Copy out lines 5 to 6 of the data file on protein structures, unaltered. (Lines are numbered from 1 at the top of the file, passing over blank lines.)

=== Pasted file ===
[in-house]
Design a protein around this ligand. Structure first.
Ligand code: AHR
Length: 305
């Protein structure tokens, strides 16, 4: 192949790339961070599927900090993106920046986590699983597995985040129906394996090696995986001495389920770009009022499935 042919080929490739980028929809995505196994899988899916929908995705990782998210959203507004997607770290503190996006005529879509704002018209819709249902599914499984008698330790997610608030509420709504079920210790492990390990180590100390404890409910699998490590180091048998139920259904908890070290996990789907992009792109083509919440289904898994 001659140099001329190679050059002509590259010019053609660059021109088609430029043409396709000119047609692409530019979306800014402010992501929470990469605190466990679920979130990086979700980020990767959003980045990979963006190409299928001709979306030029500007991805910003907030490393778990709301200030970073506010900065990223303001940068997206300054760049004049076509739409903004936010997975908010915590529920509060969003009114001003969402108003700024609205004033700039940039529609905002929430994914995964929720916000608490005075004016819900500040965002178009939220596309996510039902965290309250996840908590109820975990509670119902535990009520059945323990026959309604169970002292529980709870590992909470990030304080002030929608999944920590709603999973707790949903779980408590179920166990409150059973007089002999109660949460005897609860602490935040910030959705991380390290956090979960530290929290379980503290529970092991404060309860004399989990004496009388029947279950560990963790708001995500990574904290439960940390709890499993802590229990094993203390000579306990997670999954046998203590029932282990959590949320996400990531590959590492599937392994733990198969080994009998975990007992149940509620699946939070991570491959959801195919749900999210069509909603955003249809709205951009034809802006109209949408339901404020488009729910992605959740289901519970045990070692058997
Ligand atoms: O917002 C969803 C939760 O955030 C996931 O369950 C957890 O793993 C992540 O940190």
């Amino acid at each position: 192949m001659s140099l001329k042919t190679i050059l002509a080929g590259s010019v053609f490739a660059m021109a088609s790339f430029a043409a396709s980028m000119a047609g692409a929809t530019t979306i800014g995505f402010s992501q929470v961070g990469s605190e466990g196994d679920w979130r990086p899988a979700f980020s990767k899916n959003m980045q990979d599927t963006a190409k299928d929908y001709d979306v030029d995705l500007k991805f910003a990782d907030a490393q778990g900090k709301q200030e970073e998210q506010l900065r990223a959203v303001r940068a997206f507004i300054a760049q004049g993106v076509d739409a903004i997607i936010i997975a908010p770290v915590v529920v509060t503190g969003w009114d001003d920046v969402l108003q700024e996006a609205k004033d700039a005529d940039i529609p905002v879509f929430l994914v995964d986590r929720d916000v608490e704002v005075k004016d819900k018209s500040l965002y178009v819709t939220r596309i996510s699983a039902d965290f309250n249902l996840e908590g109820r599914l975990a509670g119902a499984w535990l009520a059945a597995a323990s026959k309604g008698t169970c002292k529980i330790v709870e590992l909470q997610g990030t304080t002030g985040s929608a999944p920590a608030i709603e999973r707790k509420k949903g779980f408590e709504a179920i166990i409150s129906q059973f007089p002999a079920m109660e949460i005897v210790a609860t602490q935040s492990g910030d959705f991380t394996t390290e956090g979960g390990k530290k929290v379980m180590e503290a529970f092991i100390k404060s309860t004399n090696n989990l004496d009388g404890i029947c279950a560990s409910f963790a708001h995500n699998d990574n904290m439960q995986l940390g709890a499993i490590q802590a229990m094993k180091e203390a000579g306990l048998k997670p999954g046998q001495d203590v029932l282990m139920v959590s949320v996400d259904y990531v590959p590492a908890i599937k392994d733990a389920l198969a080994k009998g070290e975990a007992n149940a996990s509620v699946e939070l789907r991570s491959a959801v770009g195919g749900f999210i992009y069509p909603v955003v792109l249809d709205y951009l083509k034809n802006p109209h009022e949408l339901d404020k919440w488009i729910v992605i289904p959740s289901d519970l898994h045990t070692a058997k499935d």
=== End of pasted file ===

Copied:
């Protein structure tokens, strides 16, 4: 192949790339961070599927900090993106920046986590699983597995985040129906394996090696995986001495389920770009009022499935 042919080929490739980028929809995505196994899988899916929908995705990782998210959203507004997607770290503190996006005529879509704002018209819709249902599914499984008698330790997610608030509420709504079920210790492990390990180590100390404890409910699998490590180091048998139920259904908890070290996990789907992009792109083509919440289904898994 001659140099001329190679050059002509590259010019053609660059021109088609430029043409396709000119047609692409530019979306800014402010992501929470990469605190466990679920979130990086979700980020990767959003980045990979963006190409299928001709979306030029500007991805910003907030490393778990709301200030970073506010900065990223303001940068997206300054760049004049076509739409903004936010997975908010915590529920509060969003009114001003969402108003700024609205004033700039940039529609905002929430994914995964929720916000608490005075004016819900500040965002178009939220596309996510039902965290309250996840908590109820975990509670119902535990009520059945323990026959309604169970002292529980709870590992909470990030304080002030929608999944920590709603999973707790949903779980408590179920166990409150059973007089002999109660949460005897609860602490935040910030959705991380390290956090979960530290929290379980503290529970092991404060309860004399989990004496009388029947279950560990963790708001995500990574904290439960940390709890499993802590229990094993203390000579306990997670999954046998203590029932282990959590949320996400990531590959590492599937392994733990198969080994009998975990007992149940509620699946939070991570491959959801195919749900999210069509909603955003249809709205951009034809802006109209949408339901404020488009729910992605959740289901519970045990070692058997
Ligand atoms: O917002 C969803 C939760 O955030 C996931 O369950 C957890 O793993 C992540 O940190």